If you’re just getting started with us here at Eden’s Mirror, we’ve been exploring the idea of finding life in God’s Word. This is part 3 in this Words of Life series. I encourage you to go back to part one and part two first before plunging in here. 

“I wouldn’t put to death what I believed was keeping me alive.” Jackie Hill Perry

Jackie Hill Perry isn’t your typical Bible teacher. Her bold, daring countenance conveys a commitment to work against the status quo. And her life story demonstrates just that.

She recently released a book describing her journey of coming to God, and it isn’t what you’d expect from a book entitled Gay Girl, Good God. With the culture wars surrounding homosexuality, one might have thought she’d be writing a treatise. But instead, it is a poetic testimony of God’s good grace in her life, in her journey of repentance. And true to form, this isn’t just about recovering from sexual brokenness. It is about learning repentance and fighting sin. She recounts how she wouldn’t put to death her old approach to finding life unless she truly believed that the old approach no longer “kept her alive”. It is a simple yet profound insight – what do you think is really keeping you alive in this moment?

Last time we talked, I challenged you to consider how much you believe God’s Word is intended to be a source of life for you. For just like Jackie, you won’t put to death what you believe is keeping you alive. But I don’t want you to take my word for it – I want you to become convinced by God Himself.

So we are going to take some time together exploring what He has to say about His Word. This post is going to be packed full of Scripture and I challenge you to be intentional to slow down, to really read what He says, and read it until it becomes His Words and not my own.

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A Cry For Help

We’ve probably all seen it in the movies – the stranded survivor’s desperate cry for help. And while we may not have physically experienced that kind of desperation in every-day circumstances in our civilized Western society, we certainly have uttered a similar prayer in the quiet of our own homes as our hearts whirl under the day-to-day griefs and pressures that threaten to undo us. Each of us knows, deep down, what its like to feel like our soul is coming apart, even if its not something we talk about every day.

It is no different than the human authors of Scripture. Listen to the Psalmist in these excerpts from Psalm 119:

My soul clings to the dust…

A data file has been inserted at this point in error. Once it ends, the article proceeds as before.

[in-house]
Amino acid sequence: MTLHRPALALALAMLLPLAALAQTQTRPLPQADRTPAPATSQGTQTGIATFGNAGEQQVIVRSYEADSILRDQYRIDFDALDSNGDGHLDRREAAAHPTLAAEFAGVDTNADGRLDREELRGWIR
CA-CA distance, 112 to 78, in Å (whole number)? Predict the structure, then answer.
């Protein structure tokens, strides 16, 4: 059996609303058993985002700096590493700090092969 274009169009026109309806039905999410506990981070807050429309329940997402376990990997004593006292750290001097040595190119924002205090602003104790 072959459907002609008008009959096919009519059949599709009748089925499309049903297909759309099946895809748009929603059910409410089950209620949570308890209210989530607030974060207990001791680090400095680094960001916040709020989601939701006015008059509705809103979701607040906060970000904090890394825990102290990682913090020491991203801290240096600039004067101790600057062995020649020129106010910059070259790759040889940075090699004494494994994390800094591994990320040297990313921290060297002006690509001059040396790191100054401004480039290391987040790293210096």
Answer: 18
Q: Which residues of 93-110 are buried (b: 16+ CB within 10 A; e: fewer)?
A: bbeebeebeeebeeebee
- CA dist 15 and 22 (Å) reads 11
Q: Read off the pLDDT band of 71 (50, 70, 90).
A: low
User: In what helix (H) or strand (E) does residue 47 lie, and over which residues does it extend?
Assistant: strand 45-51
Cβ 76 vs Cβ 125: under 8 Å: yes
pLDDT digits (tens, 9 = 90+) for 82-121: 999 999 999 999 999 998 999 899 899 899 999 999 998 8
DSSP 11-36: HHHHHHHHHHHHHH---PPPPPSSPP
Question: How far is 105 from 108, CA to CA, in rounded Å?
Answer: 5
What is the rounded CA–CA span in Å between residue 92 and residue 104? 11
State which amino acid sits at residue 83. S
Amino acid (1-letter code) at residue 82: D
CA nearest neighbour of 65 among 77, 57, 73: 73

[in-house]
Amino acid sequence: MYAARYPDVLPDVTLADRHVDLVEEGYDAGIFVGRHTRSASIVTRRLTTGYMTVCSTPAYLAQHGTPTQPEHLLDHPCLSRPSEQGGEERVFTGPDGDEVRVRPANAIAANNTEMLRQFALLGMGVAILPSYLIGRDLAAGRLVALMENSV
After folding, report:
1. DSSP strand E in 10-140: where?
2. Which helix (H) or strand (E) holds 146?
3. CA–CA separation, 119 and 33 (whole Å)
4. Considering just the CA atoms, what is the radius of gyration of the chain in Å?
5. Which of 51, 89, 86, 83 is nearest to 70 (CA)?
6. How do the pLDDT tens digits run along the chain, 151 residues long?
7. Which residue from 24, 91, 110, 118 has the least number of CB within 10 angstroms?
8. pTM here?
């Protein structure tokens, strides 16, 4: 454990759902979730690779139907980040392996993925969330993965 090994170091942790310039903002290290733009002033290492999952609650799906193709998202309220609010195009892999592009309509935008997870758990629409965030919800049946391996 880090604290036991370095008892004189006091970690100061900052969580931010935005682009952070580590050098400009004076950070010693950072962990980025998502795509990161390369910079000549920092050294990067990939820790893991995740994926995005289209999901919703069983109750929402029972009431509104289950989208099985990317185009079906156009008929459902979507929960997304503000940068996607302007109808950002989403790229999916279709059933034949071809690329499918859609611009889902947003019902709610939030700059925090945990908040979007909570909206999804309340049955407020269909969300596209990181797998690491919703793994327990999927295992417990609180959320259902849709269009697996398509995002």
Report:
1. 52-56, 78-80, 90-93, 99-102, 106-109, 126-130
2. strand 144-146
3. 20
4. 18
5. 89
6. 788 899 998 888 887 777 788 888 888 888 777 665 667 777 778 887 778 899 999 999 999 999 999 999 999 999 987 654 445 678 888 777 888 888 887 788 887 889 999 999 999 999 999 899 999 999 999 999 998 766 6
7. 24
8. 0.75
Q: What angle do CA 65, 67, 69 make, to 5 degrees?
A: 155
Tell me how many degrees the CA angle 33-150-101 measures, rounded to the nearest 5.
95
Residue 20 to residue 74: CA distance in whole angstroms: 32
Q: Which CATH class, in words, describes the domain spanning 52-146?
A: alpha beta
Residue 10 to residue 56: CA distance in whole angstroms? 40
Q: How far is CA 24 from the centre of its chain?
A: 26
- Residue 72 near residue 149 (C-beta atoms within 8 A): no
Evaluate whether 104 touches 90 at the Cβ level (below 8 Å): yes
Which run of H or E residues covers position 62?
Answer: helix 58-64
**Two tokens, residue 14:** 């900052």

I call to you; save me…

My eyes long for your promise; I ask, ‘When will you comfort me?’

How long must I endure?

I am severely afflicted…

Plead my cause and redeem me;

Let my cry come before you; let my plea come before you; Let your hand be ready to help me.

These snippets from this glorious poem that we know is set apart to exalt God’s Word reveal a desperation we deep down are all too familiar with. And yet to whom do we turn in our most desperate moments? I know for me the answer is far too often something other than God and His Word. But that’s okay, because even this very Psalmist ends the entire Psalm with this prayer: I have gone astray like a lost sheep; seek your servant.

The author of this Psalm is clearly familiar with suffering, familiar with longing for relief and for life. His word for it is generally “affliction”, and the central message for us could be summed up in this verse: My soul clings to the dust; give me life according to your word.

Eleven times the Psalmist says, “give me life” (vs. 25, 37, 40, 50, 88, 93, 107, 149, 154, 156, 159). Eleven times the Psalmist cries out in desperation for life and expects it to come not according to his standards, but according to God’s Word. Eleven times the Psalmist acknowledges that life doesn’t come from inside himself, or in his friends, or in his circumstances, but in God, and in accordance with what God says. There is an expectation for this man, that if he wants to have life, he must have it in association with the Words of God.

A Comfort

But in what way does the Psalmist expect God’s Word to give him life?

In verse 50, the Psalmist says, “This is my comfort in my affliction, that your promise gives me life.” He says later, in verse 81, My soul longs for your salvation; I hope in your word. So God’s Word has promises that give the Psalmist comfort and hope.

This is the essence of the description of God’s Word in Psalm 19:7-8:

The law of the Lord is perfect, reviving the soul;

The testimony of the Lord is sure, making wise the simple;

The precepts of the Lord are right, rejoicing the heart;

The commandment of the Lord is pure, enlightening the eyes…

God’s Word gives hope, revives the soul, rejoices the heart, enlightens our perspective.

That is also why Paul says in Romans 12:2 that in order to not be conformed to this world, we must “renew our minds”. A change in perspective can give us strength to endure our circumstances.

What might this look like? I remember hearing a story as a child living in the White Mountains of New Hampshire of a hiker attempting to summit the tallest mountain in the region, Mt. Washington. It’s not a particularly high mountain – just topping over 6,000 feet (nothing compared to the 14,000 feet summits I conquered in Colorado as a college student!). Nevertheless, it is notorious for hosting some of the most unpredictable weather in the region. Rain, snow, or hail will daily surprise the hiker on a sunny day.